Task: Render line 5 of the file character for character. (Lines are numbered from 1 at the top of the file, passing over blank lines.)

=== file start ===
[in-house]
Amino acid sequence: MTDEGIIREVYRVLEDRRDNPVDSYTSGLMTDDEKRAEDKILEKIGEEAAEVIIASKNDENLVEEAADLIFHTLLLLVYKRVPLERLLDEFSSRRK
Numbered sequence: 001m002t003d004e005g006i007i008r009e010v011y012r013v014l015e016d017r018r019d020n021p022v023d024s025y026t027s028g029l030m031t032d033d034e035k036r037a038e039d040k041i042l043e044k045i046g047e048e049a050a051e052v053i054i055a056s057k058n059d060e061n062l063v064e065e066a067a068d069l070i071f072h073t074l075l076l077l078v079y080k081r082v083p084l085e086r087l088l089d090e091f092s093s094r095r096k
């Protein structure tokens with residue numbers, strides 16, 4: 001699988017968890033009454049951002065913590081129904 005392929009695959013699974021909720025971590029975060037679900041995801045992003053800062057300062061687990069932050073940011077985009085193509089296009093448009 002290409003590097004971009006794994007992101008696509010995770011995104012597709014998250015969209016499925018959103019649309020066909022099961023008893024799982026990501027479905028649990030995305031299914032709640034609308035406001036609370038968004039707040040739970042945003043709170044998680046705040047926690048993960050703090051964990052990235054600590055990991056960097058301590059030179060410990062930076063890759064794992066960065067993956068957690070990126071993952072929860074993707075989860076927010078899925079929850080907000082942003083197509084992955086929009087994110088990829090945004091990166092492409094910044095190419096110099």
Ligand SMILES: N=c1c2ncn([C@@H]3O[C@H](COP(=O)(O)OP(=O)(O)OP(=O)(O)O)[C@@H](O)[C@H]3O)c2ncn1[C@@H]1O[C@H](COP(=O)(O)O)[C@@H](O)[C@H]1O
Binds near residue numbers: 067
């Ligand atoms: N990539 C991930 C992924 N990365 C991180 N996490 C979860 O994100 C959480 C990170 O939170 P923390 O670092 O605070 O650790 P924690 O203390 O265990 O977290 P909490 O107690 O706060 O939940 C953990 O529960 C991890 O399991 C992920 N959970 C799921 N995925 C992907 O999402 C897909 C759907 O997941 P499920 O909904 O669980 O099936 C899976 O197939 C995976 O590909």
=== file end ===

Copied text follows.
Ligand SMILES: N=c1c2ncn([C@@H]3O[C@H](COP(=O)(O)OP(=O)(O)OP(=O)(O)O)[C@@H](O)[C@H]3O)c2ncn1[C@@H]1O[C@H](COP(=O)(O)O)[C@@H](O)[C@H]1O